The proper work for the Christian is witness, not apology. We don't try to argue for God, explain Him, we simply show Him to others. We are to look at heaven and bring the breathtaking scene to hellish earth. The two miracles of Peter show us exactly what is required.

Emulate the example of Jesus

The words spoken by Peter were almost identical to those spoken by Jesus, in both Lydda and Capernaum, "Get up, take up your mat and go home." Peter was following what he'd seen Jesus do and say. 

Performed by the power of Jesus

Peter didn't try to use his chairman or boisterous voice to bring healing. He knew his own ability wouldn't be enough to get the job done. Instead he said "Jesus Christ heals you." 

Signals salvation from Jesus

Recovery and resurrection were both visible signs of the new life found in Christ Jesus. Life which we sinners are raised up from. 

Gives glory to Jesus 

In both cases, the people in the towns where these miracles were performed all heard the word, believed the signs of these supernatural acts, all placed their belief in Jesus.

When we dig into the trouble and tribulations of others, what we find is God is there in the details and conflicts. Faith is developed out of the most difficult things of life, not the easiest. 


How can you bring heaven to earth today?

The Footing for Generosity

The greatest barometer of our belief in Christ is our giving. Our theology can be correct, our knowledge of scripture can be plentiful, but our giving habits tell all. As we begin our season of generosity, we step back from our series in Acts to consider our generous God and the generosity we show to others. Let these devos seep into the cracks and crevasses of your soul to widen the spirit of generosity in your life. 


“. . . in that while we were yet sinners, Christ died for us.” Romans 5:8


The Christian life is not static. It has a flow and the direction of that flow is outward. No one would doubt that the flow of the life of Christ was in an outward direction. How then can the life of His that we carry be anything other than generously flowing outward to others?

Because it is His life that we bear inside our bodies, we become the literal vehicle through which God operates in this world. Our lives are the channel of His ministry, the conduit for His love, and the agent for His provisions to the world. There is to be no trace of stinginess in the believer’s life.

Christianity is not about enhancing our lives, it gives us life when we had none. The life of Christ inside of us is focused on carrying out the purpose and plan of God. This is the footing for generosity. Behind all God was doing through Jesus was love, simple and pure. The cross was designed to evoke an uncontrollable response of love from us.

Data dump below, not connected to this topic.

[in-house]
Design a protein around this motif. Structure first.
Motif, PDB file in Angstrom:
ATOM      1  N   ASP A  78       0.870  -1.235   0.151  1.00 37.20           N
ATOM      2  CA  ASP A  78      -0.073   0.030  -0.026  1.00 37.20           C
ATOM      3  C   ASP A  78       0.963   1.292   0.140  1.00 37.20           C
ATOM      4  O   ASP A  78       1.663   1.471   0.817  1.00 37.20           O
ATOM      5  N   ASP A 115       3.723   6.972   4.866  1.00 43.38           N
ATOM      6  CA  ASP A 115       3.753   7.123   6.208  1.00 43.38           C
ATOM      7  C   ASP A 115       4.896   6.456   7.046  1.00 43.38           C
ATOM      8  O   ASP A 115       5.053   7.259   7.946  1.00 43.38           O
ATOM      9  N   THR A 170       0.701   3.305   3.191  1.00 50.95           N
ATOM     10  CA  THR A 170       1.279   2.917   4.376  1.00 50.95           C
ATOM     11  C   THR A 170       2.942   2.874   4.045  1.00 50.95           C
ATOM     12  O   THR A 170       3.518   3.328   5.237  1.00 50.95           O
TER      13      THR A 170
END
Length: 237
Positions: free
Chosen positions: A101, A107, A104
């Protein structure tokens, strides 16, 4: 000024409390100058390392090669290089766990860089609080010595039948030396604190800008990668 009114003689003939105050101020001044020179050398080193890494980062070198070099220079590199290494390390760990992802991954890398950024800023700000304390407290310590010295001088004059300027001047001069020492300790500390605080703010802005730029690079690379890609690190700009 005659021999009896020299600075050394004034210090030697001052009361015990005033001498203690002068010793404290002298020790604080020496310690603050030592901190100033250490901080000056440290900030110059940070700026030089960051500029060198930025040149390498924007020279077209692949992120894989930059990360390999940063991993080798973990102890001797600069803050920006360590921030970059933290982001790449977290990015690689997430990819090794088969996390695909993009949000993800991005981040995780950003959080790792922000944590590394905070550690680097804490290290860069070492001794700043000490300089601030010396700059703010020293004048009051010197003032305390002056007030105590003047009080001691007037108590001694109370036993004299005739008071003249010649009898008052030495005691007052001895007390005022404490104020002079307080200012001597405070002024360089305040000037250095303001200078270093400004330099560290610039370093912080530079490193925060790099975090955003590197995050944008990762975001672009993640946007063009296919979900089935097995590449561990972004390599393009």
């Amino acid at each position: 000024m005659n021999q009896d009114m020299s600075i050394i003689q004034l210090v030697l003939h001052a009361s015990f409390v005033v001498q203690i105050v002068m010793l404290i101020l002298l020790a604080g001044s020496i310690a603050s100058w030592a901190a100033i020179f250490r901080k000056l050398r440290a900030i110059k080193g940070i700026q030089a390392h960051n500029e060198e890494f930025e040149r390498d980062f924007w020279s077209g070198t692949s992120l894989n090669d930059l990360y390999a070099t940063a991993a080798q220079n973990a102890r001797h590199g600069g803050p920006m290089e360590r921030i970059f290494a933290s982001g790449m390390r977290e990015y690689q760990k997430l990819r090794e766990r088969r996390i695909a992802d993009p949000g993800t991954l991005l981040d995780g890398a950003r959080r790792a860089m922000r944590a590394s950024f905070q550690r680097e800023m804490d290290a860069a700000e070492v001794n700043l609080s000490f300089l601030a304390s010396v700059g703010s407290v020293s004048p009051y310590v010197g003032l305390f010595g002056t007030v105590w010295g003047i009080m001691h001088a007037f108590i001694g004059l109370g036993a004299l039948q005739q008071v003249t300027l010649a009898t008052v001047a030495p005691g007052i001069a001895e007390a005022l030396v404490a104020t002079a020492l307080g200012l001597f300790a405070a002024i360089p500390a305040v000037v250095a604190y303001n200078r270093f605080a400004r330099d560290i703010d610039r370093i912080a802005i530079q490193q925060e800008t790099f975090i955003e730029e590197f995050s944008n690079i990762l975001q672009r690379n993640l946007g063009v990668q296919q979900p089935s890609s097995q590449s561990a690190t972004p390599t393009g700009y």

Authentic generosity runs “counterculture to the mainstream” dogma of our society. Generosity violates much of our corporate and success training that teaches if we are to “get ahead,” we must maximize every opportunity for our benefit.

Authentic generosity “creates a large life.” Society’s way of thinking shrinks life down to its smallest possible size. Generosity produces self-generating hope, as well as an abundance mentality. The selfishness of society causes panic and fear of losing what we already have. Panic breeds greed, and greed always leads to stinginess, the opposite of generosity.

Generosity is a” core element of God’s personality.” God is a giver. He loves us, not because of anything we have given Him, nor is it because of what He knows we will one day be able to give back to Him. If this were the motive, then selfishness would be at the heart of His love to us. This is not God’s way of giving. He loved us even before we loved Him back.


Lord, let me get to know Your generosity and make it a part of my identity in You. 

The Base of Grace

The greatest barometer of our belief in Christ is our giving. Our theology can be correct, our knowledge of scripture can be plentiful, but our giving habits tell all. As we begin our season of generosity, we step back from our series in Acts to consider our generous God and the generosity we show to others. Let these devos seep into the cracks and crevasses of your soul to widen the spirit of generosity in your life. 


“Bring the full tithe into the storehouse, that there may be food in My House. . . .” Malachi 3:10